The online crit and imagining the not yet realised

On the 7th of June I’ll be in conversation with Professor Paul Lowe about the ‘Online Crit’ as part of our online seminar series (you can sign up here).

An interesting idea surfaced during the chat we had in preparation for the session: being able to imagine the not-yet-realised is fundamental to the creative process. There is no making without intent, and there is no intent without the imagined.

CC Chris Richmond

This idea is so embedded in creative work that I wonder if we forget it’s there. It’s certainly important when considering Online Creative Education as the move to online tends to raise questions about the material which risk demoting the importance of the conceptual.


However, this must be considered not only in the context of creative practice but also creative education. The education process, writ large, being learning and becoming expressed via making, the ‘via’ being key. This is reflected in our assessment criteria which covers Enquiry, Knowledge, Process, Communication and Realisation.

While we might be assessing technical skill within these, when we consider Realisation we are most likely to be focusing on the Realisation of an evolving set of ideas. Given this. the final output or artifact offered in response to a creative brief becomes an emblem of the overall creative process. It should be used actively as a gateway into telling the story of that process and the thinking therein. This is why we ask students to submit a portfolio which contains that story and not to simply hand in a final piece.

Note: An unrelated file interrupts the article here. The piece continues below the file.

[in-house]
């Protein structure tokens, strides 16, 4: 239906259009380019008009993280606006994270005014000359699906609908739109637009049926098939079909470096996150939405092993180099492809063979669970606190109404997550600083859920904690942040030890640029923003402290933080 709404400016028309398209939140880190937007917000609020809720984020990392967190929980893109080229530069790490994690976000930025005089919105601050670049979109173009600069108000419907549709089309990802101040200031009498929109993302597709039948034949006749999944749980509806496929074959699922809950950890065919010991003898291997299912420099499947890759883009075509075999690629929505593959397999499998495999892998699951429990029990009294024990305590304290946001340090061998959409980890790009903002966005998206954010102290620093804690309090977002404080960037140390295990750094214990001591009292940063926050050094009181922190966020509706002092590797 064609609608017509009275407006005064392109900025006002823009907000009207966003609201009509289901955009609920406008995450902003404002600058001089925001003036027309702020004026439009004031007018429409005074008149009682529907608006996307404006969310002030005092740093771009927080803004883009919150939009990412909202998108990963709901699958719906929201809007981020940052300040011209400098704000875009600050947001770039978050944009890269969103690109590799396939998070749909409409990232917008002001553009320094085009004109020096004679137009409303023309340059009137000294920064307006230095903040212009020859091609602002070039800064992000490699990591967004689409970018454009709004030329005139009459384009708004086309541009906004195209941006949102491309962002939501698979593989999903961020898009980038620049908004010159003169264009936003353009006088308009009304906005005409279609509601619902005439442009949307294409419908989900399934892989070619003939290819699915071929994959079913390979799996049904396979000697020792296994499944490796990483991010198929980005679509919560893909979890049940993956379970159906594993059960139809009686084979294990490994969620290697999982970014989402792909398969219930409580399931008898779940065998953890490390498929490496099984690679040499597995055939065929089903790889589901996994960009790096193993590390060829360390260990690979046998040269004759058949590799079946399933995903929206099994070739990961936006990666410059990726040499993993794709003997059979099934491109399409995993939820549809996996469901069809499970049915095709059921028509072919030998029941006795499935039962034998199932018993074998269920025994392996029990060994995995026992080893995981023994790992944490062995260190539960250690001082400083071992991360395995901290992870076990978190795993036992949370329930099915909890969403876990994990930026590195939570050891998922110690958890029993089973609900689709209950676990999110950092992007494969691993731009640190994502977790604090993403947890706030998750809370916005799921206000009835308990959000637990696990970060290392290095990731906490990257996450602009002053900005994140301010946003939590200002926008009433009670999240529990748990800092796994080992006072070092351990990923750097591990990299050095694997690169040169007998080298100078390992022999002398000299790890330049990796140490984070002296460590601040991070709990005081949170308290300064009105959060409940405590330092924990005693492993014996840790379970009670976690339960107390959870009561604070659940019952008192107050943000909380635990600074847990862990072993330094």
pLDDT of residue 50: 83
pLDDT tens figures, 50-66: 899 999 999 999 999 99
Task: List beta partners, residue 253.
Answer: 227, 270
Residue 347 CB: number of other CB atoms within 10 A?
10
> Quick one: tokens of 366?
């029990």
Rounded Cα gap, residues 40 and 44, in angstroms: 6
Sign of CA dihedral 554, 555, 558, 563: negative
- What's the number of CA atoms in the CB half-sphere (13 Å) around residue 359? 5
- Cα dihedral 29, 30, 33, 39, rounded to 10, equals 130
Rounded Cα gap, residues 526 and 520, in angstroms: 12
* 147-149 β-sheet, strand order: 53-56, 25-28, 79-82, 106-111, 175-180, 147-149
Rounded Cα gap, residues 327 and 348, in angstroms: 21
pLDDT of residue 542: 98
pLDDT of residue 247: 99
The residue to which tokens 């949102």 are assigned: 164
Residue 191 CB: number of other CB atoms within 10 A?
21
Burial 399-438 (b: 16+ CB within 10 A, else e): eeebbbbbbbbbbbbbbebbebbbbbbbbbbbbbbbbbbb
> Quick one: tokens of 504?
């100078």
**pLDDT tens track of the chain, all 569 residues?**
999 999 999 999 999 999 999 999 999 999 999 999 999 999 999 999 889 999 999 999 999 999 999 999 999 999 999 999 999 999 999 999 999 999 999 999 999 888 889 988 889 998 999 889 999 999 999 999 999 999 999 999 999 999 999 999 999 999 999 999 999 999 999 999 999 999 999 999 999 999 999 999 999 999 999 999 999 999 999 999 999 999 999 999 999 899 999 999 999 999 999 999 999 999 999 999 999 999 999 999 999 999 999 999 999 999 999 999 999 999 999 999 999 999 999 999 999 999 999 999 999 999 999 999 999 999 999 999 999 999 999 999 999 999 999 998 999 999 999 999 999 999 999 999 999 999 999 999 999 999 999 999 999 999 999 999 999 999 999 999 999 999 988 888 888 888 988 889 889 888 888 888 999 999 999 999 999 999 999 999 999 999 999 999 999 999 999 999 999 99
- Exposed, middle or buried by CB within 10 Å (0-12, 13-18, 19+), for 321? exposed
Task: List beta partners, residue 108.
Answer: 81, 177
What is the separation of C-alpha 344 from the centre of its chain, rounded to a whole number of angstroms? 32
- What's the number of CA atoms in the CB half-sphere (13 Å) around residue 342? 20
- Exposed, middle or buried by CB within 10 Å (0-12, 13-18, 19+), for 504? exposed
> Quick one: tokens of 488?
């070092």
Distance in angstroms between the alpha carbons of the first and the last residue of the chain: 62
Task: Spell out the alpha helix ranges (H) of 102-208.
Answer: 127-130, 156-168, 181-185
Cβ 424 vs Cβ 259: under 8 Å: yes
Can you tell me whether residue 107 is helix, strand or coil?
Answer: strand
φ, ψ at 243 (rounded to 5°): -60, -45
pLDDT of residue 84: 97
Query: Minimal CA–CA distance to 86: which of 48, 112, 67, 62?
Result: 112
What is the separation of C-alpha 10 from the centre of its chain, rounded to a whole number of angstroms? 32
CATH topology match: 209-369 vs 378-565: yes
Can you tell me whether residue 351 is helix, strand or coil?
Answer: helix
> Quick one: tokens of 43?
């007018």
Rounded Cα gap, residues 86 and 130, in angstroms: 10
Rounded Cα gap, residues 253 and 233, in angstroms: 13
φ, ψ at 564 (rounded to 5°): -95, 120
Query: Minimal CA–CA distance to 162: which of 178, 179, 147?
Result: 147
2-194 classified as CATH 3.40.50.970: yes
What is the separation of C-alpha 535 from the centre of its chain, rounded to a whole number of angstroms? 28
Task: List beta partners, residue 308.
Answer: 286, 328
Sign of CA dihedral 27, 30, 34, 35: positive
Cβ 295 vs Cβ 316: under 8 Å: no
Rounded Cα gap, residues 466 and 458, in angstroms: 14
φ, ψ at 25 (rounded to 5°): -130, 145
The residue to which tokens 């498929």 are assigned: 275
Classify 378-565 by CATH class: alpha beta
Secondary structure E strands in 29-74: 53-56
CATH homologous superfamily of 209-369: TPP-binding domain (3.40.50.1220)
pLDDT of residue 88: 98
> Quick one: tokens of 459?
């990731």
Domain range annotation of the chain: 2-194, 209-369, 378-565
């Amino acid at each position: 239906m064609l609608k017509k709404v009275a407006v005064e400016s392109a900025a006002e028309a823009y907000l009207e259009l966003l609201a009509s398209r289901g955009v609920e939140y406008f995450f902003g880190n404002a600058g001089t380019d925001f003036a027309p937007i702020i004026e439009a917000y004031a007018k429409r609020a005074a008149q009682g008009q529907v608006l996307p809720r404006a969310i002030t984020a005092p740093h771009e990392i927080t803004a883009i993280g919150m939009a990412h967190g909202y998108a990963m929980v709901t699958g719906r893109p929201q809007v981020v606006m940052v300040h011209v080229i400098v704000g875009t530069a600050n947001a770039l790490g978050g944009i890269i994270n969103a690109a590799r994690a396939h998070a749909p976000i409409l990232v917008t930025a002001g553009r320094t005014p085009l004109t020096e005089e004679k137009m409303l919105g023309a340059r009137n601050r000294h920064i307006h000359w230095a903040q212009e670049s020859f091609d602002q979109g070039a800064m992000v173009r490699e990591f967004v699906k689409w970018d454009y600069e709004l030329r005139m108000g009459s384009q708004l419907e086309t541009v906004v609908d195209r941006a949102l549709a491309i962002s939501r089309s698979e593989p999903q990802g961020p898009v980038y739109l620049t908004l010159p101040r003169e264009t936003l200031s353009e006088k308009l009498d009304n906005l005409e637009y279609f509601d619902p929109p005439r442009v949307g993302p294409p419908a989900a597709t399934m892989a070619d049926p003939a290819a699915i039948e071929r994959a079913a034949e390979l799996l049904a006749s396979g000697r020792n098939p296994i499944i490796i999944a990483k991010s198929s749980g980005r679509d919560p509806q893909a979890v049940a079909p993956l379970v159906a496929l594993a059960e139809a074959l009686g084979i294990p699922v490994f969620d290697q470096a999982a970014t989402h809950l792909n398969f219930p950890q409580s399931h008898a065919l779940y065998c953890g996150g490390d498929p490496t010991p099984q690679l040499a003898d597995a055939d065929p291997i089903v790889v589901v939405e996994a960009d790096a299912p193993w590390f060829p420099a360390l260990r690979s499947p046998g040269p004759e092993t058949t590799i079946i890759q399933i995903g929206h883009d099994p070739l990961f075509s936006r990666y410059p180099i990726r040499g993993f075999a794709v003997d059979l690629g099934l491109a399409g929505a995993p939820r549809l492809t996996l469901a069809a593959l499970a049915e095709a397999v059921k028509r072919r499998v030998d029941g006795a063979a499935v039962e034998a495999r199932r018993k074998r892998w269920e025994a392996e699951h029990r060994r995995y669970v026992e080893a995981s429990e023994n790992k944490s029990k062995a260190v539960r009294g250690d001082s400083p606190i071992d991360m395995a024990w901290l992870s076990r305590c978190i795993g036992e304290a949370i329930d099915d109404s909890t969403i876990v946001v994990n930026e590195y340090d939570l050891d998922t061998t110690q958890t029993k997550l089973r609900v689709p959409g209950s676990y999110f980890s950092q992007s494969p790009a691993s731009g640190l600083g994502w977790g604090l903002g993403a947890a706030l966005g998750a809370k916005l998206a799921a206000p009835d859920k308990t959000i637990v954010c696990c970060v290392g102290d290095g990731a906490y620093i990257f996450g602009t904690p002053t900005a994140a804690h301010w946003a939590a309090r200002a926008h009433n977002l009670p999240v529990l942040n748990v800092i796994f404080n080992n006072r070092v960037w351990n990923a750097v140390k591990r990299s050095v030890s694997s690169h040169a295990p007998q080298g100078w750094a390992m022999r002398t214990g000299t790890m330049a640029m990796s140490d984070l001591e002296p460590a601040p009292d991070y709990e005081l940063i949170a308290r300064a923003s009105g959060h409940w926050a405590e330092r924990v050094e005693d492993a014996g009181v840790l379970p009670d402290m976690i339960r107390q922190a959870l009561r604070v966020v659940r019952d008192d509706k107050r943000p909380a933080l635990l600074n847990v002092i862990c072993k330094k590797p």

The Crit and the physical

The traditional crit involves a group moving around a studio variously questioning and defending thinking-as-represented through a key pieces of work. Of course, technique and craft are likely to be discussed but they should only form part of the conversation. The crit is not a technical workshop in this regard and, if done well, should be scaffolding for telling the story of process, reflecting on thinking and imagining that which does not yet exist (as distinct from attempting to hone in on a ‘correct answer’).

Given this, physical presence is not fundamental to the crit and it could be argued that taking the crit online helps to focus on critique (in the best sense) development and becoming precisely because it is ‘immaterial’.

I’m not claiming that the tactile, the olfactic or certain forms of spatiality are not valuable in some crits, but they need not be fundamental to the process. For example, it would be rare for anyone to touch work as part of a crit.

Creative Education Online involves geographically dispersed making connected by collective questioning and critique. These things combined become ‘studio’. The online crit can, and should, be central to this as a location for telling the story of the work and imagining the not yet realised.

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